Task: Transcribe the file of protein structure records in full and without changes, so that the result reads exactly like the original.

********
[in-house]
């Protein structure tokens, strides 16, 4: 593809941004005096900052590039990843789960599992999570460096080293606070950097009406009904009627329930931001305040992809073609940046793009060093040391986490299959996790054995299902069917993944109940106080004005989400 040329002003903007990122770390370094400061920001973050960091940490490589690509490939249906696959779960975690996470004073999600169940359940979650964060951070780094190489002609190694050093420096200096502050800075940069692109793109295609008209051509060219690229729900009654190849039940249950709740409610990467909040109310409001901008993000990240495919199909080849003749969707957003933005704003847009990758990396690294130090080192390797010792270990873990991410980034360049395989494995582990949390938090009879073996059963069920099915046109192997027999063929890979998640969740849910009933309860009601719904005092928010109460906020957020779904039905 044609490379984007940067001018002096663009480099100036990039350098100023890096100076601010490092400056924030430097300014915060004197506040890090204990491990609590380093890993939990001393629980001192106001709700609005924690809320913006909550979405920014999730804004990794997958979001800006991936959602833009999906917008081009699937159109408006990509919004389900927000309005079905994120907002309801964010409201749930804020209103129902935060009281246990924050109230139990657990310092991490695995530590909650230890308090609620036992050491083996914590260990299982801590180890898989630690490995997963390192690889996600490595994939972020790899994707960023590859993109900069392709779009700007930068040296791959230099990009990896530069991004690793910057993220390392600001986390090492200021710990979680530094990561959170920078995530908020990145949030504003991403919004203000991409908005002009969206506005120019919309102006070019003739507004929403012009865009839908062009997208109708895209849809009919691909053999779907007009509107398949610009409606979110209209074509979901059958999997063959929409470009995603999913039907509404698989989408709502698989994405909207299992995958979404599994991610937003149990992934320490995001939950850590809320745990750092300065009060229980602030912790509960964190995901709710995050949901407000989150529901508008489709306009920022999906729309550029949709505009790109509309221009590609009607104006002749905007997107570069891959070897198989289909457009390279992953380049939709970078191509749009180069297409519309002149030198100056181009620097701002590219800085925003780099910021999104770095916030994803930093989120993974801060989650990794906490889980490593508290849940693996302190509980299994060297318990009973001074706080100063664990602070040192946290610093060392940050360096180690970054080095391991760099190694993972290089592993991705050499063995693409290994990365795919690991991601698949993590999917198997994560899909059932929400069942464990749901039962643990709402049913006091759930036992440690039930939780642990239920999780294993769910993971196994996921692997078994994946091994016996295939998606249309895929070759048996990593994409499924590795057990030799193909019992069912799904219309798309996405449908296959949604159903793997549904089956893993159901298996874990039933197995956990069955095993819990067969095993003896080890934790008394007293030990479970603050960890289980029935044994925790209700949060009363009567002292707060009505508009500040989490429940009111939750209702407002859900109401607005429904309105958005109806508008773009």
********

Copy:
[in-house]
């Protein structure tokens, strides 16, 4: 593809941004005096900052590039990843789960599992999570460096080293606070950097009406009904009627329930931001305040992809073609940046793009060093040391986490299959996790054995299902069917993944109940106080004005989400 040329002003903007990122770390370094400061920001973050960091940490490589690509490939249906696959779960975690996470004073999600169940359940979650964060951070780094190489002609190694050093420096200096502050800075940069692109793109295609008209051509060219690229729900009654190849039940249950709740409610990467909040109310409001901008993000990240495919199909080849003749969707957003933005704003847009990758990396690294130090080192390797010792270990873990991410980034360049395989494995582990949390938090009879073996059963069920099915046109192997027999063929890979998640969740849910009933309860009601719904005092928010109460906020957020779904039905 044609490379984007940067001018002096663009480099100036990039350098100023890096100076601010490092400056924030430097300014915060004197506040890090204990491990609590380093890993939990001393629980001192106001709700609005924690809320913006909550979405920014999730804004990794997958979001800006991936959602833009999906917008081009699937159109408006990509919004389900927000309005079905994120907002309801964010409201749930804020209103129902935060009281246990924050109230139990657990310092991490695995530590909650230890308090609620036992050491083996914590260990299982801590180890898989630690490995997963390192690889996600490595994939972020790899994707960023590859993109900069392709779009700007930068040296791959230099990009990896530069991004690793910057993220390392600001986390090492200021710990979680530094990561959170920078995530908020990145949030504003991403919004203000991409908005002009969206506005120019919309102006070019003739507004929403012009865009839908062009997208109708895209849809009919691909053999779907007009509107398949610009409606979110209209074509979901059958999997063959929409470009995603999913039907509404698989989408709502698989994405909207299992995958979404599994991610937003149990992934320490995001939950850590809320745990750092300065009060229980602030912790509960964190995901709710995050949901407000989150529901508008489709306009920022999906729309550029949709505009790109509309221009590609009607104006002749905007997107570069891959070897198989289909457009390279992953380049939709970078191509749009180069297409519309002149030198100056181009620097701002590219800085925003780099910021999104770095916030994803930093989120993974801060989650990794906490889980490593508290849940693996302190509980299994060297318990009973001074706080100063664990602070040192946290610093060392940050360096180690970054080095391991760099190694993972290089592993991705050499063995693409290994990365795919690991991601698949993590999917198997994560899909059932929400069942464990749901039962643990709402049913006091759930036992440690039930939780642990239920999780294993769910993971196994996921692997078994994946091994016996295939998606249309895929070759048996990593994409499924590795057990030799193909019992069912799904219309798309996405449908296959949604159903793997549904089956893993159901298996874990039933197995956990069955095993819990067969095993003896080890934790008394007293030990479970603050960890289980029935044994925790209700949060009363009567002292707060009505508009500040989490429940009111939750209702407002859900109401607005429904309105958005109806508008773009």